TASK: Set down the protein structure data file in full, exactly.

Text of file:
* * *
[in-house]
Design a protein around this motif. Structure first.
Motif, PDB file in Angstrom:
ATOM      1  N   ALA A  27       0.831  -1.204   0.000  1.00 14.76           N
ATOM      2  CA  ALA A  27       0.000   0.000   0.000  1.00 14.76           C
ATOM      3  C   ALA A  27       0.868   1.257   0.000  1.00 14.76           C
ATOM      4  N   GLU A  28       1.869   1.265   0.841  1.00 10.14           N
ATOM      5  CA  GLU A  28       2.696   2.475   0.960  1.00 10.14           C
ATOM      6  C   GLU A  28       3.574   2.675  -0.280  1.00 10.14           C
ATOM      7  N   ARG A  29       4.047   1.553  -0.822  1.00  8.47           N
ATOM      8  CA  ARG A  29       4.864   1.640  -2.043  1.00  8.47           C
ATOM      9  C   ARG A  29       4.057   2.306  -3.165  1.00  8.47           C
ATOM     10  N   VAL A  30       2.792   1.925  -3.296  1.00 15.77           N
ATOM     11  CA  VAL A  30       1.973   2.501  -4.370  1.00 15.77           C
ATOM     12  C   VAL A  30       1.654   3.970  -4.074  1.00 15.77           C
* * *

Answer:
[in-house]
Design a protein around this motif. Structure first.
Motif, PDB file in Angstrom:
ATOM      1  N   ALA A  27       0.831  -1.204   0.000  1.00 14.76           N
ATOM      2  CA  ALA A  27       0.000   0.000   0.000  1.00 14.76           C
ATOM      3  C   ALA A  27       0.868   1.257   0.000  1.00 14.76           C
ATOM      4  N   GLU A  28       1.869   1.265   0.841  1.00 10.14           N
ATOM      5  CA  GLU A  28       2.696   2.475   0.960  1.00 10.14           C
ATOM      6  C   GLU A  28       3.574   2.675  -0.280  1.00 10.14           C
ATOM      7  N   ARG A  29       4.047   1.553  -0.822  1.00  8.47           N
ATOM      8  CA  ARG A  29       4.864   1.640  -2.043  1.00  8.47           C
ATOM      9  C   ARG A  29       4.057   2.306  -3.165  1.00  8.47           C
ATOM     10  N   VAL A  30       2.792   1.925  -3.296  1.00 15.77           N
ATOM     11  CA  VAL A  30       1.973   2.501  -4.370  1.00 15.77           C
ATOM     12  C   VAL A  30       1.654   3.970  -4.074  1.00 15.77           C